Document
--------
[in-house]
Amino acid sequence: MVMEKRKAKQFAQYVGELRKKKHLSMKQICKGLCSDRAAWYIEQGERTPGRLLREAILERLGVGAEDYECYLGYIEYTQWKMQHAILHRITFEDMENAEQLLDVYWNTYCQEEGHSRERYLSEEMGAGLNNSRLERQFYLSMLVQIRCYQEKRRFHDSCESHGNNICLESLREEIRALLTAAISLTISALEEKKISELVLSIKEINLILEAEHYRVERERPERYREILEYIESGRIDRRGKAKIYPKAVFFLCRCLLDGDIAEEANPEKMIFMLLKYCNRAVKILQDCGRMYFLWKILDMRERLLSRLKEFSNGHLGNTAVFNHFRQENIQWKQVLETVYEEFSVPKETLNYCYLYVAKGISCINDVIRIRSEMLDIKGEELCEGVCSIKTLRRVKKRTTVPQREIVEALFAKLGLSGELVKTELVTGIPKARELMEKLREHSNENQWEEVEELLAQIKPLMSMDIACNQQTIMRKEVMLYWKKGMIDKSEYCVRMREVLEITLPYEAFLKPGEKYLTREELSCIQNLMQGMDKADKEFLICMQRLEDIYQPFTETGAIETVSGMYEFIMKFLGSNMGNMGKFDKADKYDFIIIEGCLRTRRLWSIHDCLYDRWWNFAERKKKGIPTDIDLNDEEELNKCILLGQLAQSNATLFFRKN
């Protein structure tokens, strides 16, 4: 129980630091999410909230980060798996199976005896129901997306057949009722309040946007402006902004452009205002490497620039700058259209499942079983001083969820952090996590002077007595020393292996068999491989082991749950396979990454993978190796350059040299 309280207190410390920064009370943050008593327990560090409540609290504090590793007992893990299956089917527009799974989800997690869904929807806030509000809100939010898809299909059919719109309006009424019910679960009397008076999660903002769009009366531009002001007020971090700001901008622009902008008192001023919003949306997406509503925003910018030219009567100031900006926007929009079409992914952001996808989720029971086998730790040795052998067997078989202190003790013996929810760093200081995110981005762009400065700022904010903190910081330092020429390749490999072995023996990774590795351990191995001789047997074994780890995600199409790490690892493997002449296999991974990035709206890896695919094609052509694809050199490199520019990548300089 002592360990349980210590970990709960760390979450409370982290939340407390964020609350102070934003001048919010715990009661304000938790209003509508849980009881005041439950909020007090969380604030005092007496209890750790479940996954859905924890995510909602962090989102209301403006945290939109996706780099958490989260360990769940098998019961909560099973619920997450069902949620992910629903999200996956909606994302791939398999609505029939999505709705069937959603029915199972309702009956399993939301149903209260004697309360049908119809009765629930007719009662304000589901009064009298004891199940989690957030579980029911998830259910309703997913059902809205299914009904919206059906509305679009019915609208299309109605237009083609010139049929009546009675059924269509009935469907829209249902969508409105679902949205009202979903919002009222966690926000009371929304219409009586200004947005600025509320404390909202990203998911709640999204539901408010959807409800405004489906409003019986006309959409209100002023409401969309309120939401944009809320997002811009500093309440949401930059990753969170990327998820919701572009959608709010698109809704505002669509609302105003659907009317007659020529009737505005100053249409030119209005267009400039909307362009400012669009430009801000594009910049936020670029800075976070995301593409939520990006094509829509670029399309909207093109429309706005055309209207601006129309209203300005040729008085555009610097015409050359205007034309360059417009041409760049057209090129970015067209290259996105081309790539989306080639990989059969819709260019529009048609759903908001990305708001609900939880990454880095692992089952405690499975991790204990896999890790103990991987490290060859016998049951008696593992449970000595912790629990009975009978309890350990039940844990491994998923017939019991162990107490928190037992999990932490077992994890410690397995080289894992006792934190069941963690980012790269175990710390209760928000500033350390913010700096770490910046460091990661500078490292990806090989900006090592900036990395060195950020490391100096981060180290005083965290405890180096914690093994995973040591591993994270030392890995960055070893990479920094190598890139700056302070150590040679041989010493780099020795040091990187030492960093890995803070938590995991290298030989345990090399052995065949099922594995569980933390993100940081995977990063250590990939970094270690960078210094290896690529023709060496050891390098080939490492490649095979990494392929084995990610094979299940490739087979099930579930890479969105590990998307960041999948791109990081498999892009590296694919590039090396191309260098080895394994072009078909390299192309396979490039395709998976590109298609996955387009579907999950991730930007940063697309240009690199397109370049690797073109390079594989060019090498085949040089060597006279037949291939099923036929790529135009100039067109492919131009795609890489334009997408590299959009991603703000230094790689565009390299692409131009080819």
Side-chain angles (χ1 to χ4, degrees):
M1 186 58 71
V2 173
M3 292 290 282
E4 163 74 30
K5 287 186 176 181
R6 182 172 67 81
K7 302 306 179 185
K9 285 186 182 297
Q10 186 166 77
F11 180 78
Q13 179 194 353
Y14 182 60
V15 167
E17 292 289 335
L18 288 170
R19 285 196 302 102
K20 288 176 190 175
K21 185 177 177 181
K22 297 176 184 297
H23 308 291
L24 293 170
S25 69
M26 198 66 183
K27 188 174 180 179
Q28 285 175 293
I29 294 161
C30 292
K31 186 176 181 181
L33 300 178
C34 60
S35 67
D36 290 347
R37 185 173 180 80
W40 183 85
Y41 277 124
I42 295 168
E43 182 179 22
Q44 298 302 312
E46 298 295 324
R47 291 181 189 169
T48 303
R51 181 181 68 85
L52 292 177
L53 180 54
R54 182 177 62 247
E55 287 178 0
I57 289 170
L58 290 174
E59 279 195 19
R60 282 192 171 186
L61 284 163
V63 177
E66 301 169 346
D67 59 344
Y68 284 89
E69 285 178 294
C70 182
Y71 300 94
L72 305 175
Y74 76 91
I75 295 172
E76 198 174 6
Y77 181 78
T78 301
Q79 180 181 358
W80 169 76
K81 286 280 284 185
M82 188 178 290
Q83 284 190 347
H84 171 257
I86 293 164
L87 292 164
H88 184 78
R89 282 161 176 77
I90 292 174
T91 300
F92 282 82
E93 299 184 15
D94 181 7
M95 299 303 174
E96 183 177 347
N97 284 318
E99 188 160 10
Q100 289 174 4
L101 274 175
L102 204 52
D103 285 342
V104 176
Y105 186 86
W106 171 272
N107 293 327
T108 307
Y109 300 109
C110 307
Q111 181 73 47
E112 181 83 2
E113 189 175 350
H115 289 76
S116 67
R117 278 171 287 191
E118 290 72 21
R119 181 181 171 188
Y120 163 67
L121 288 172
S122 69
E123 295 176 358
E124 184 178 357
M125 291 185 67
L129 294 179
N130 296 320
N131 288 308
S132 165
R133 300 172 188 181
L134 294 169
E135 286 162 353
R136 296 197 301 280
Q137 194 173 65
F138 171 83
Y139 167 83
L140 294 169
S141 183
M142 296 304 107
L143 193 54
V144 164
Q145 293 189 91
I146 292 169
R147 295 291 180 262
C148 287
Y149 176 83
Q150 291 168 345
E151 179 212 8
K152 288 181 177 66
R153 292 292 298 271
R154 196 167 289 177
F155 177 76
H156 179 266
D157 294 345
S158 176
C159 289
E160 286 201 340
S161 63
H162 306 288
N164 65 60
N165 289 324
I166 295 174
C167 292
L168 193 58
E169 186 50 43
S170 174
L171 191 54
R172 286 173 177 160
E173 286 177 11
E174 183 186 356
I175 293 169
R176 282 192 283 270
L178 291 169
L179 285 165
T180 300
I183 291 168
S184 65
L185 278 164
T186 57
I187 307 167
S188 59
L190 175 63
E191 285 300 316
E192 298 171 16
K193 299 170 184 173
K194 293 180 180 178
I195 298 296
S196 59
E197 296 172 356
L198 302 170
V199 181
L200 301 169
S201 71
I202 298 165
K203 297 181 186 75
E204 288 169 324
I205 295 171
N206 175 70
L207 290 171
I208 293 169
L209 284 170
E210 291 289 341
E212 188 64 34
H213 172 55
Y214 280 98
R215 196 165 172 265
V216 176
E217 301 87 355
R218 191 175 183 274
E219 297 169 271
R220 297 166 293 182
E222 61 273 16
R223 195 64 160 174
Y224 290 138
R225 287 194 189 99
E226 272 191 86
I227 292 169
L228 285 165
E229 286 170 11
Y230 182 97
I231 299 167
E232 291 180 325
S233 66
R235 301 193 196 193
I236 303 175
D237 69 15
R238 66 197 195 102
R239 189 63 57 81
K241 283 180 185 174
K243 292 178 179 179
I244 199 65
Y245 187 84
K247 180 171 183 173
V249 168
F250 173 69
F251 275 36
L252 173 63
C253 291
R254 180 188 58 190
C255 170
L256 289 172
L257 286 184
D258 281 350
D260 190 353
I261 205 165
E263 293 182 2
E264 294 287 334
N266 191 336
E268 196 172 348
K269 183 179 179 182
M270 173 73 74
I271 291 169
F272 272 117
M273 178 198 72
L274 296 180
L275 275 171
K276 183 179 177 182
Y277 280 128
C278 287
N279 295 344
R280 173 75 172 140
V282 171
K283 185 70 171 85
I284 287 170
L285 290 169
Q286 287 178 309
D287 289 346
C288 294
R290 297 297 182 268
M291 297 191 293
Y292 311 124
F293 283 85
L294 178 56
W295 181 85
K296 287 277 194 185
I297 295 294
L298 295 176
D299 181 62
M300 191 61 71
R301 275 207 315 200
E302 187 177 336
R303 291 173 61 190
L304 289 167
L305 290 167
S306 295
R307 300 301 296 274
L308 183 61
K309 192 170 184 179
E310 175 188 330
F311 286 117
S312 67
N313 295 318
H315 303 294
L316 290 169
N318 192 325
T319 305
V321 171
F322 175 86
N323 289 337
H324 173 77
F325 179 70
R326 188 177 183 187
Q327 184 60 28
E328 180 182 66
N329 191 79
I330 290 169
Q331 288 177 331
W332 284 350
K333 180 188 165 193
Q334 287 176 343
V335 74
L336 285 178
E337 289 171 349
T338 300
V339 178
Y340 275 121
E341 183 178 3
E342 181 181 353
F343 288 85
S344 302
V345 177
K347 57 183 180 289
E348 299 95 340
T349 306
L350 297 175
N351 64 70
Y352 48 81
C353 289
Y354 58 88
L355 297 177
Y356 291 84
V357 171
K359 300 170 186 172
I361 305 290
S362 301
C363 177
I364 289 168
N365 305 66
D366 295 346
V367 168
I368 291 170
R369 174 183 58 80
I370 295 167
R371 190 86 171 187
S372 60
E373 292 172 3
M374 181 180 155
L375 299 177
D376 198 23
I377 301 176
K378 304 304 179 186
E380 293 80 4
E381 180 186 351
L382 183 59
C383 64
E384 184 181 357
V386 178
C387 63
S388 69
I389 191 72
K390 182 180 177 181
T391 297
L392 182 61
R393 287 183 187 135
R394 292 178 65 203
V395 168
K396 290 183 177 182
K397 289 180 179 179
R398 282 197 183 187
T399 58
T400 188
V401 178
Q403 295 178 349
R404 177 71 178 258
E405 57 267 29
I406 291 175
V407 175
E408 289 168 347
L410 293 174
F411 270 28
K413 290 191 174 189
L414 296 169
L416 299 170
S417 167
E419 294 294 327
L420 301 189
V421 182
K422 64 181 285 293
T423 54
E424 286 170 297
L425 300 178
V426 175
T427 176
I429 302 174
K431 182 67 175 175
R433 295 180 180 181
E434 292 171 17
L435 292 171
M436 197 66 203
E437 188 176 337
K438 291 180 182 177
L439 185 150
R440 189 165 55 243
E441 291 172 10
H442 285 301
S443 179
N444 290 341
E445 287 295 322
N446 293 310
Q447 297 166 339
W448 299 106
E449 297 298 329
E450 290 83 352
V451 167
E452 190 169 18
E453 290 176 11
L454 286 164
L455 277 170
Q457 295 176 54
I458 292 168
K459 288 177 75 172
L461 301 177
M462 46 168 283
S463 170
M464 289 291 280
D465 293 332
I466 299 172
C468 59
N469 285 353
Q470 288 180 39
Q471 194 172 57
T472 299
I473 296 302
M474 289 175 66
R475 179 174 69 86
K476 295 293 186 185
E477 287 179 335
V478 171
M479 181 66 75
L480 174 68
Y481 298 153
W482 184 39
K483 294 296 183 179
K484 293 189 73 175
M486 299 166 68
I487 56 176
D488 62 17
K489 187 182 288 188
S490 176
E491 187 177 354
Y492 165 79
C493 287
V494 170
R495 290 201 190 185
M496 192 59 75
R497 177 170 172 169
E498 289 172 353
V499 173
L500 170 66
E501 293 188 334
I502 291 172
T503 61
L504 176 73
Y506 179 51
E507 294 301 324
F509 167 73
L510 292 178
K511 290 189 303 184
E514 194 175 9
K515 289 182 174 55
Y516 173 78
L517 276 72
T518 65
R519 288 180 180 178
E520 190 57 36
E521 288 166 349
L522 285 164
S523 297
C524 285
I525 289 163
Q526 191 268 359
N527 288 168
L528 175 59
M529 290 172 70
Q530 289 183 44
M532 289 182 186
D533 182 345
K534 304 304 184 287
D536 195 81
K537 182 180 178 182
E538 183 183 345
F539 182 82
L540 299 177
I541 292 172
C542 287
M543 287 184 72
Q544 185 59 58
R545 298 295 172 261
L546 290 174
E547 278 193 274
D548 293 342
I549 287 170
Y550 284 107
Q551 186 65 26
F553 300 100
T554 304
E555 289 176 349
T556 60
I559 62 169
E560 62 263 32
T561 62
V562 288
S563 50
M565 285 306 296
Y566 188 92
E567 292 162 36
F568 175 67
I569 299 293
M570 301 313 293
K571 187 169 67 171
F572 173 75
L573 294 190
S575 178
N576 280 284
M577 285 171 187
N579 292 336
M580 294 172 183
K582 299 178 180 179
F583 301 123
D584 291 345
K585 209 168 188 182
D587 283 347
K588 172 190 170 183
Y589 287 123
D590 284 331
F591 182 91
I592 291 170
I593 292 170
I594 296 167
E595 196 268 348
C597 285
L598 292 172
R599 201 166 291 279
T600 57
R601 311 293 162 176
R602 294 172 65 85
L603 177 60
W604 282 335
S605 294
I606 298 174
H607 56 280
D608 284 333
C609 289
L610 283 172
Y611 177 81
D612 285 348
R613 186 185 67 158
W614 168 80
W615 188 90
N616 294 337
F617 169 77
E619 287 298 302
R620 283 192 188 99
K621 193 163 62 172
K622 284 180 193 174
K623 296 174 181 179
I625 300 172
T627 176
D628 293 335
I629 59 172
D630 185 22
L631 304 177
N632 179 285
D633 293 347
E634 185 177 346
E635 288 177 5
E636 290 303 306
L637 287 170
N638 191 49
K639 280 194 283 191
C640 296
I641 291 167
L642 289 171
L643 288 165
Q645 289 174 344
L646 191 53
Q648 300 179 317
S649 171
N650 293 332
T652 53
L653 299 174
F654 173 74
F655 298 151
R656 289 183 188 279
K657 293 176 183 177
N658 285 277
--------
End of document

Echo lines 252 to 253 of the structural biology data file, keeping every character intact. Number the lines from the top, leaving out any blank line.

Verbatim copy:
L285 290 169
Q286 287 178 309